Wednesday, December 11, 2019

A Boothe Nearby

A good lesson to keep in mind, when researching Southern lines, is the possibility that nearby families sporting the same surname may indeed be related. Recalling this lesson from my Southern Research class at SLIG last year may actually reveal over-reaching hopefulness on my part, but I thought I'd give it a try in this current research challenge. After all, I know nothing about who the parents of William Alexander Boothe might have been. All I know is that my second great-grandfather came from Nansemond County, Virginia.

Finding Alexander in the 1840 census in Nansemond County was an encouraging start. Even more so, when I flipped the page from his entry and discovered, four lines later, an entry for another Boothe family. This one was for the household of a man named Nathaniel Boothe, who was somewhere between the ages of forty and fifty. If closer to fifty, for my William Alexander Boothe, born in 1812, that could place his neighbor at precisely the perfect age to be—possibly—his father. Not only that, but father of an oldest son.

There were other people in this household of Nathaniel Boothe, of course. Youngest was a possible son between the ages of five and nine. Then, too, there was the expected female in this family, as well—a woman under the age of fifty, like Nathaniel, himself. Even more interesting was that there was a second woman in the household, aged about twenty years older than both Nathaniel and his assumed wife.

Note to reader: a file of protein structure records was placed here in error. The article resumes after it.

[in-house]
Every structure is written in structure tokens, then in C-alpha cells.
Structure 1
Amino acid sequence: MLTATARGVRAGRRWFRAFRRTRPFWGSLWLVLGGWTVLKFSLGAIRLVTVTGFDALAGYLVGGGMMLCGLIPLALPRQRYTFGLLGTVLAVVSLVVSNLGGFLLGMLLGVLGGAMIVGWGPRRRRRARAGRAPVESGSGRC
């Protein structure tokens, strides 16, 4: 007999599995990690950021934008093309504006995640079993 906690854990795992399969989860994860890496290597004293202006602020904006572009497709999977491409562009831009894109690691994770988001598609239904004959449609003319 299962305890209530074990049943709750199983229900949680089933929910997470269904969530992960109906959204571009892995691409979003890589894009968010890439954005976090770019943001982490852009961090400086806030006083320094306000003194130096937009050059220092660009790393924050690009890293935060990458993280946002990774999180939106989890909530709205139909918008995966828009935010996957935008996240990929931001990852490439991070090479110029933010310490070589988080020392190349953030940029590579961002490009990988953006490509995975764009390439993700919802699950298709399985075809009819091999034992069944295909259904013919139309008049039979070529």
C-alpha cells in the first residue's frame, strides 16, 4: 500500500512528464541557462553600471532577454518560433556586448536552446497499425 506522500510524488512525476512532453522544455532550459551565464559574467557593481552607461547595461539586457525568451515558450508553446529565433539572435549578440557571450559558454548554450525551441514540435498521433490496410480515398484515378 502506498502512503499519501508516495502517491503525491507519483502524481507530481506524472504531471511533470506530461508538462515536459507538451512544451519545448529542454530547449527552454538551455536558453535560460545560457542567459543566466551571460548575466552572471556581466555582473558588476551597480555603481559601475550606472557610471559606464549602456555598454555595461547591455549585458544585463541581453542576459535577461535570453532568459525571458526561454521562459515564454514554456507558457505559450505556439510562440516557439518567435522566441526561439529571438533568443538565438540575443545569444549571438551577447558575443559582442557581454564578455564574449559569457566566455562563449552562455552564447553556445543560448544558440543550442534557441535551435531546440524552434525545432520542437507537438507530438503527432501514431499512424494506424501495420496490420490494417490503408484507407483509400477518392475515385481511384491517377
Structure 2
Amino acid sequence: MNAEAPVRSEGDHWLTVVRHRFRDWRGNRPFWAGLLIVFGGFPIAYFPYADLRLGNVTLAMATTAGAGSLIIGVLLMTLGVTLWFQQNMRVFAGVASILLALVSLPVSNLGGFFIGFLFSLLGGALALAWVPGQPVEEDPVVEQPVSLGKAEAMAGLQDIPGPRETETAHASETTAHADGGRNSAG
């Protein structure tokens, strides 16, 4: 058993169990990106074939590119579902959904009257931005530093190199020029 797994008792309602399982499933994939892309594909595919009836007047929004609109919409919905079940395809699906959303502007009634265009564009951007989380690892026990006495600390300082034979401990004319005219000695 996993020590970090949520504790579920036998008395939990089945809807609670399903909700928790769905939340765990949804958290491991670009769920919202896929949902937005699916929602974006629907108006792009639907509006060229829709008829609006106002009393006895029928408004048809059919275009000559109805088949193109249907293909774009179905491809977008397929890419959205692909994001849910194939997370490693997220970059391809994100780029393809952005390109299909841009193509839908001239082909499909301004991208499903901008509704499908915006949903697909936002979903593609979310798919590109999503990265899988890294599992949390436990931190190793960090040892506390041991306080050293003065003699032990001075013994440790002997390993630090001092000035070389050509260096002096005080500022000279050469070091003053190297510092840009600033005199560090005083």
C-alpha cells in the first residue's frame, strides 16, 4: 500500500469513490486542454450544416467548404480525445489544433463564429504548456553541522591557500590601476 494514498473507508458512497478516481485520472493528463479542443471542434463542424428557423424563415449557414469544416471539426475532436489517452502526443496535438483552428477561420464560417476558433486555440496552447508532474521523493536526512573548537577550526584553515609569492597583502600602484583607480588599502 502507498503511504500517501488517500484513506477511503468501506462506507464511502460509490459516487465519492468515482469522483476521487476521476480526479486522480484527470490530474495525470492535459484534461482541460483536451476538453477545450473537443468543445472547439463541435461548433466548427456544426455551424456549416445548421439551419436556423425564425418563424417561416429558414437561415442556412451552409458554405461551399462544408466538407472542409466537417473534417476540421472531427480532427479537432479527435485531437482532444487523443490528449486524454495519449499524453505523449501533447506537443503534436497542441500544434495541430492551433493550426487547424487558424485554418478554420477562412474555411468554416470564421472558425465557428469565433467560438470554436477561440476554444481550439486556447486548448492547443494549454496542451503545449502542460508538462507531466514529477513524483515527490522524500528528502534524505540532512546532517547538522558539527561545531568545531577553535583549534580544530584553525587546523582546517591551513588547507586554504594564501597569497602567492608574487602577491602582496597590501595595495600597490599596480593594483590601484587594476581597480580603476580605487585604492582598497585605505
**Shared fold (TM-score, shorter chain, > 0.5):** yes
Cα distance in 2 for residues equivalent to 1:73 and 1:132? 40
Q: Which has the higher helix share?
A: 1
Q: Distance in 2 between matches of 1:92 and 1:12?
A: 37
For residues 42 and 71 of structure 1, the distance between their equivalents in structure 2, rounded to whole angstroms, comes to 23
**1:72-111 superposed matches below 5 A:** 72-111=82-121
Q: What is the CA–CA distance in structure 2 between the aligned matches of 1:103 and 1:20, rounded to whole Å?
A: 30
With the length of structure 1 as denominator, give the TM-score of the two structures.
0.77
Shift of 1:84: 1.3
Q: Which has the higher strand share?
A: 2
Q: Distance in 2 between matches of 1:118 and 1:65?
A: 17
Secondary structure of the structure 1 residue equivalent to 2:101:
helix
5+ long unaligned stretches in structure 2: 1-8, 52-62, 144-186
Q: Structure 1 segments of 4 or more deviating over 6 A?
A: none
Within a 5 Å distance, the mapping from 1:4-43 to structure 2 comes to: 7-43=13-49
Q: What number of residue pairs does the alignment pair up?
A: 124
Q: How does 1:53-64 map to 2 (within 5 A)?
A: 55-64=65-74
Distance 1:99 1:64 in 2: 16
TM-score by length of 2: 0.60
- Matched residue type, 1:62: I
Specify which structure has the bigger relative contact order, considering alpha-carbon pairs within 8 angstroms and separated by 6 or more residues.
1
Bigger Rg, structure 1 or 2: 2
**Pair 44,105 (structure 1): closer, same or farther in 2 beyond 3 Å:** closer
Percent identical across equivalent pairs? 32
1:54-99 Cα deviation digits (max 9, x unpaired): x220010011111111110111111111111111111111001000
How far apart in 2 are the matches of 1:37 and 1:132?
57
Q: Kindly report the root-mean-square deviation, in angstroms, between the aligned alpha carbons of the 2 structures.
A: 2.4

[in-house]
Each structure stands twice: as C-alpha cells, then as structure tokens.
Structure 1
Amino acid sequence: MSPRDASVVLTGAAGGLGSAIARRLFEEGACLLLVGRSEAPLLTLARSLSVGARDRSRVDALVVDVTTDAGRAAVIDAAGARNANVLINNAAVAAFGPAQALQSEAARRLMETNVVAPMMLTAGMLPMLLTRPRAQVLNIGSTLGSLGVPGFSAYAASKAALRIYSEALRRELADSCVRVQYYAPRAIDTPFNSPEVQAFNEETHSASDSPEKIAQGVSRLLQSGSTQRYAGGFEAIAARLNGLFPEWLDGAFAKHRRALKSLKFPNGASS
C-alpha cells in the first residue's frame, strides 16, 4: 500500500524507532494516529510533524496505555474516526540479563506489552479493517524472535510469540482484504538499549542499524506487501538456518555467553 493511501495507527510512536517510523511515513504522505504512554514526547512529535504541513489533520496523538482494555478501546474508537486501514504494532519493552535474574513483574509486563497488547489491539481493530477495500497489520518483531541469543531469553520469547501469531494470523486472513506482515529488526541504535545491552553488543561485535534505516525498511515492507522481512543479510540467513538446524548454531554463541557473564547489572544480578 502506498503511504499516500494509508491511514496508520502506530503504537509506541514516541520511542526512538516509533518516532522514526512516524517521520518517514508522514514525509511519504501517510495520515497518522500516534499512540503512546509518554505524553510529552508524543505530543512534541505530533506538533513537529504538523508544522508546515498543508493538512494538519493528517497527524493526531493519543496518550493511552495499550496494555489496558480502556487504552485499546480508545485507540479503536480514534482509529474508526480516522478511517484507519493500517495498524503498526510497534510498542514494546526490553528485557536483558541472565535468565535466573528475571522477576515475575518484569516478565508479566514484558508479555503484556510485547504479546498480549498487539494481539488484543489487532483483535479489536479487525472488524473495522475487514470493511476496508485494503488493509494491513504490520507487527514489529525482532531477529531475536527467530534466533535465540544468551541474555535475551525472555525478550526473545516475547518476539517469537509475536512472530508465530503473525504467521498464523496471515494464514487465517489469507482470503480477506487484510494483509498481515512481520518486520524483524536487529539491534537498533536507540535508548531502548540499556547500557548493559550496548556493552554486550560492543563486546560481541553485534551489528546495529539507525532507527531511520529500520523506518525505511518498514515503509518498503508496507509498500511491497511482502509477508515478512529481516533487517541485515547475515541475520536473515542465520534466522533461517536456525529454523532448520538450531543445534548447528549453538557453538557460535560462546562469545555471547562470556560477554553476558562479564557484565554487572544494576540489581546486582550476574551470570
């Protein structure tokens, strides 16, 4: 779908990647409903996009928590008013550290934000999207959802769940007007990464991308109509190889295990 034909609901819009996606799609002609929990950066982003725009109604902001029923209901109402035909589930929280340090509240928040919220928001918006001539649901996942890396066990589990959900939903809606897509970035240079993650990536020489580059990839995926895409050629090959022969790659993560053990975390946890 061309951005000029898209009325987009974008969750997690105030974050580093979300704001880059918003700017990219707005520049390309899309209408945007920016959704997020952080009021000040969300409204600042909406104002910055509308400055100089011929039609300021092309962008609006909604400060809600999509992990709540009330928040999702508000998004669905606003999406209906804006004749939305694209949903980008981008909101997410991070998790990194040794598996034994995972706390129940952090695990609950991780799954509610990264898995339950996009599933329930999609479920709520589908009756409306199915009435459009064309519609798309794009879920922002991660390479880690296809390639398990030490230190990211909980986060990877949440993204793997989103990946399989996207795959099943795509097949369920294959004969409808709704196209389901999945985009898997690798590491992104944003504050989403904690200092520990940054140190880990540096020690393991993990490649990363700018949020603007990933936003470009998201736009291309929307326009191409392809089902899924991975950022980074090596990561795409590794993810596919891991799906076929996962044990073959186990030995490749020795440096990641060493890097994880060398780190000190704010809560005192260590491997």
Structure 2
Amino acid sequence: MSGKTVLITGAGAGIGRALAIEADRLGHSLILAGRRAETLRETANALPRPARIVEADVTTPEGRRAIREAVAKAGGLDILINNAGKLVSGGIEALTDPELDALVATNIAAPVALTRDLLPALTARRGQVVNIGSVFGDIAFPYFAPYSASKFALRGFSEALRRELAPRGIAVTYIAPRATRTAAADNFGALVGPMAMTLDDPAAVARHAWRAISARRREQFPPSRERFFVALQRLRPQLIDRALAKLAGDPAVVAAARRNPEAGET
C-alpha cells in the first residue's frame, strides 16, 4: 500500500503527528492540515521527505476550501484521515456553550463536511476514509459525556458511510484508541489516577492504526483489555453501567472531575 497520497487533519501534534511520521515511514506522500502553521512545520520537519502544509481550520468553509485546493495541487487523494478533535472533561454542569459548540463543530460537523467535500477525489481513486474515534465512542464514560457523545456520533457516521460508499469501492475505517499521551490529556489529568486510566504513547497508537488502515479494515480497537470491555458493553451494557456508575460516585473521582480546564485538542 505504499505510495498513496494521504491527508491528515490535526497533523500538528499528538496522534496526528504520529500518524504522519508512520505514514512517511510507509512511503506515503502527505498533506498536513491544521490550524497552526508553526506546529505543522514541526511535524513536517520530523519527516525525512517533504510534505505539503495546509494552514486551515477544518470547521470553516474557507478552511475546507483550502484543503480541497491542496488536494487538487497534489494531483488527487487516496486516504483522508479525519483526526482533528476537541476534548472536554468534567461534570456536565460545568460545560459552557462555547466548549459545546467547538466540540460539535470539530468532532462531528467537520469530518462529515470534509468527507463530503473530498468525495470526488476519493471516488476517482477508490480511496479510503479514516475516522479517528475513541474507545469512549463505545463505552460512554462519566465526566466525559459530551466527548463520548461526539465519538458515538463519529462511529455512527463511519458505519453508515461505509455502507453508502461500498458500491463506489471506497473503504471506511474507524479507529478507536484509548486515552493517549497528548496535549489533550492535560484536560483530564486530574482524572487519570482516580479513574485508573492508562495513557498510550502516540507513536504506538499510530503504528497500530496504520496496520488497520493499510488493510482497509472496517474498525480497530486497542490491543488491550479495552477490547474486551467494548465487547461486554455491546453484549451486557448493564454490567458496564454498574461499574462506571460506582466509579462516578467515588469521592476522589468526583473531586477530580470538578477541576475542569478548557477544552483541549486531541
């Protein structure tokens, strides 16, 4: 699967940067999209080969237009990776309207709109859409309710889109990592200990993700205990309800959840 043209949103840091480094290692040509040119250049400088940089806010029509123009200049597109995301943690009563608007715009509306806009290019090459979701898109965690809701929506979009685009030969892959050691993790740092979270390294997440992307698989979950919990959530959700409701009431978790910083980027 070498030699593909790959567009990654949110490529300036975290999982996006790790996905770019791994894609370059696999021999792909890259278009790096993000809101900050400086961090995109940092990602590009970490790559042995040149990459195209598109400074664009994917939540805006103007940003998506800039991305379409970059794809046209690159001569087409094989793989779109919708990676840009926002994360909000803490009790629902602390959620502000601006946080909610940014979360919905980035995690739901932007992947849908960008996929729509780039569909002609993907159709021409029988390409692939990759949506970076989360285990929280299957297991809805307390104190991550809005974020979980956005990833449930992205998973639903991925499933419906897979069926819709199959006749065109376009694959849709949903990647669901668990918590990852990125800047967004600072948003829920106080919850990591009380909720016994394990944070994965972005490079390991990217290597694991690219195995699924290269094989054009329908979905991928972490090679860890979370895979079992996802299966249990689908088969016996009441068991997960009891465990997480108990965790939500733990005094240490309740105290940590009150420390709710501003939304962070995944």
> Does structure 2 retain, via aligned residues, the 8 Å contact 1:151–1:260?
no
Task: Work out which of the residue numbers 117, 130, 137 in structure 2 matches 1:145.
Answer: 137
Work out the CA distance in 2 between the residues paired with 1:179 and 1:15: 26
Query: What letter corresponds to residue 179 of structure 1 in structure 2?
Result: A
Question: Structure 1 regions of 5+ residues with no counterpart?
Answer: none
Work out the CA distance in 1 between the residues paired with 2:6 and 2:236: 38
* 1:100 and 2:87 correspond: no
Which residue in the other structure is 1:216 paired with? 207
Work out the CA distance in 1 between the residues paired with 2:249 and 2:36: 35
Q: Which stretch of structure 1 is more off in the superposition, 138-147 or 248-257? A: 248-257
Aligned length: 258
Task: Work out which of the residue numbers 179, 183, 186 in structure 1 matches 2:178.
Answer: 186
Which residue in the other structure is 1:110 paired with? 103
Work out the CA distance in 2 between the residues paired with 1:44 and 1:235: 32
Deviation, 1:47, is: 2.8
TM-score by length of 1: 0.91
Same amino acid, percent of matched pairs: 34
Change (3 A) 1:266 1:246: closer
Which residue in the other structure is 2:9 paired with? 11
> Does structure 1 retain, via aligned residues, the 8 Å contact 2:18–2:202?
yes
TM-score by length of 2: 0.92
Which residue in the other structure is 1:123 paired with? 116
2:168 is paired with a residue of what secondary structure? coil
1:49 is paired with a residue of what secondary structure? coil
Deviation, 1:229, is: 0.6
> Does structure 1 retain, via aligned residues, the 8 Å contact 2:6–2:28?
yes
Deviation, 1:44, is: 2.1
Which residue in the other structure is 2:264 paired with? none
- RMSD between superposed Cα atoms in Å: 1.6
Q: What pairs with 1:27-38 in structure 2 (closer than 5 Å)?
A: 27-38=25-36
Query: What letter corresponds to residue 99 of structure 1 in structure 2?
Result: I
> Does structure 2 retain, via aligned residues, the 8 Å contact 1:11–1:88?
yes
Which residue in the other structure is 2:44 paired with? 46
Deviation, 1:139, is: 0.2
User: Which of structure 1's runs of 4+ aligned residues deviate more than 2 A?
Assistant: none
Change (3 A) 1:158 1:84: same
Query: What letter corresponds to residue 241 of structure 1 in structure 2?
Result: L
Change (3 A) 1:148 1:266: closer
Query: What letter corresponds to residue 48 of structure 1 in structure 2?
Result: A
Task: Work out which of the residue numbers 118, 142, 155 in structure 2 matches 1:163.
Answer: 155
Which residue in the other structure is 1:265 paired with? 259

Whether these were the right people to represent William Alexander Boothe's parents is hard to say, just from this one census record. After all, just because the two entries are separated by only four lines on the document doesn't necessarily mean that the two Boothe households lived close to each other. It is impossible now to determine the route the enumerator might have taken in completing his duties in 1840.

It would be a good idea to search through the 1840 census for this county to see if there were any other families by the same surname—which I will have no problem doing, since the population of that now-extinct county was under eleven thousand in 1840 and the census entries were one line per head of household. Not exactly an easy task, but not daunting, either.

In addition to slogging through the 1840 census for Nansemond County, though, I've taken a look through other available resources. It turns out that there are a number of other places where a few things can be found about the various Boothe families of the area. Virginia may have suffered fires and wars, but there apparently are some other records available, after all.


  1. Remember to look at the "nearby" households that don't include the Booth surname. Years ago when I was researching 3x great grandparents William and Matilda (Lewis) Mason, I took a highlighter and marked all the nearby households (about 10 to fifteen on each side of them) on the 1850 census that had a young girl named Matilda or a wife near Matilda's age who was born in Alabama. It took a lot of work, but many years later I found that they were married sisters of my Matilda. So, surround your Boothe household are probably married sisters. You just don't know it yet.

    1. Good point! Thanks for mentioning that. Anne Mitchell--"Ancestry Anne"--discusses that in her classes, particularly on southern research, and recommends going even farther away from the target family!

      This especially applies in agrarian communities, where land ownership influenced where family members might have settled in the next generation. I am particularly keen on finding land records from that time period, just to see the roots of such a possibility...except that I have little hope that any such records would still be available.


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